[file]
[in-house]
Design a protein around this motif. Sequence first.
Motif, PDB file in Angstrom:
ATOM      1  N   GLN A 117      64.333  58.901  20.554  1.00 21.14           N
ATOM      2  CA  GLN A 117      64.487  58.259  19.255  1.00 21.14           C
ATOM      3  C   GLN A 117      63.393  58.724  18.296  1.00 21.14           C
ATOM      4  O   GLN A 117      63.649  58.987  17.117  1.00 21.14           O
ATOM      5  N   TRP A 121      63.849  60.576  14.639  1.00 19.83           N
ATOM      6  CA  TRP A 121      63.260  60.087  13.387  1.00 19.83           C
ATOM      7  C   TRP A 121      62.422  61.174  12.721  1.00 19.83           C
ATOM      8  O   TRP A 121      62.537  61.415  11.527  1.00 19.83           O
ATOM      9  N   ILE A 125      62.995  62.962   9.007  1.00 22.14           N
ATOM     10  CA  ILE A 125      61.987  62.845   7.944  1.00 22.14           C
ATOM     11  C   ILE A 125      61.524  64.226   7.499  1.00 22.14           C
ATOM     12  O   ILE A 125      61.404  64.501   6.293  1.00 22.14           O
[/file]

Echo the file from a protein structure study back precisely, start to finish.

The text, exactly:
[in-house]
Design a protein around this motif. Sequence first.
Motif, PDB file in Angstrom:
ATOM      1  N   GLN A 117      64.333  58.901  20.554  1.00 21.14           N
ATOM      2  CA  GLN A 117      64.487  58.259  19.255  1.00 21.14           C
ATOM      3  C   GLN A 117      63.393  58.724  18.296  1.00 21.14           C
ATOM      4  O   GLN A 117      63.649  58.987  17.117  1.00 21.14           O
ATOM      5  N   TRP A 121      63.849  60.576  14.639  1.00 19.83           N
ATOM      6  CA  TRP A 121      63.260  60.087  13.387  1.00 19.83           C
ATOM      7  C   TRP A 121      62.422  61.174  12.721  1.00 19.83           C
ATOM      8  O   TRP A 121      62.537  61.415  11.527  1.00 19.83           O
ATOM      9  N   ILE A 125      62.995  62.962   9.007  1.00 22.14           N
ATOM     10  CA  ILE A 125      61.987  62.845   7.944  1.00 22.14           C
ATOM     11  C   ILE A 125      61.524  64.226   7.499  1.00 22.14           C
ATOM     12  O   ILE A 125      61.404  64.501   6.293  1.00 22.14           O